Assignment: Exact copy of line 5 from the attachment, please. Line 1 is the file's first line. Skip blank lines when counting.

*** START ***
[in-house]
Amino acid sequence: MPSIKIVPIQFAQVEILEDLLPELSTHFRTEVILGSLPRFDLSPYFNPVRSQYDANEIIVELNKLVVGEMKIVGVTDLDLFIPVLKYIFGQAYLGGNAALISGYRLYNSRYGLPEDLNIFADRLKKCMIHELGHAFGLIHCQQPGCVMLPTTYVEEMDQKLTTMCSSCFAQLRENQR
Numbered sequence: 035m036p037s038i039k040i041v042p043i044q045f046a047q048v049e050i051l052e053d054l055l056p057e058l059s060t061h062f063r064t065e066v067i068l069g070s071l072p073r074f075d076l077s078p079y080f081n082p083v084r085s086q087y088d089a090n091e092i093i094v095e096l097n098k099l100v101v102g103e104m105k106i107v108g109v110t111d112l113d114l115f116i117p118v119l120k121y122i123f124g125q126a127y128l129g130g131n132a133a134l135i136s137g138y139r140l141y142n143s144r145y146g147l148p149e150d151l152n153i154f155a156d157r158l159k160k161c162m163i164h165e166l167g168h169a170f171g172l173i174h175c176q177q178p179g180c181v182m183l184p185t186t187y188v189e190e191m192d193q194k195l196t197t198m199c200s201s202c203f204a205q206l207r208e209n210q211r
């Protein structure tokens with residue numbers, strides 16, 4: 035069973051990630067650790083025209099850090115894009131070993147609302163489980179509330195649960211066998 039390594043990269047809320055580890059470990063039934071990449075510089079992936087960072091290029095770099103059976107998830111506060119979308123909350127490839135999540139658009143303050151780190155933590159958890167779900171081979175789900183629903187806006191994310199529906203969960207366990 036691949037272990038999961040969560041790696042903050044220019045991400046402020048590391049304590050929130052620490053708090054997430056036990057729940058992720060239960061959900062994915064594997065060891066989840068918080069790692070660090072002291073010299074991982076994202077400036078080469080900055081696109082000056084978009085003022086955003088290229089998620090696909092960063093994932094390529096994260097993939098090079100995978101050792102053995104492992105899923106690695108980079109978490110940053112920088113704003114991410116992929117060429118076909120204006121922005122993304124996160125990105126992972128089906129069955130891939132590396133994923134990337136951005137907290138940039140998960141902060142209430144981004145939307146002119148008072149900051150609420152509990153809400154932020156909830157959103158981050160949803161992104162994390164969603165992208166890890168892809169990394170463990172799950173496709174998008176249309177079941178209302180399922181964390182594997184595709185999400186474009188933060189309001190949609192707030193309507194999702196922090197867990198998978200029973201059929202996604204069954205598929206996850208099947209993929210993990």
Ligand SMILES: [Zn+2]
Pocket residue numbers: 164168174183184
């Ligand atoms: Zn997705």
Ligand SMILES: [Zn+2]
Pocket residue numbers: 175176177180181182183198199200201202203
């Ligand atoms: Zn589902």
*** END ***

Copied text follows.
Ligand SMILES: [Zn+2]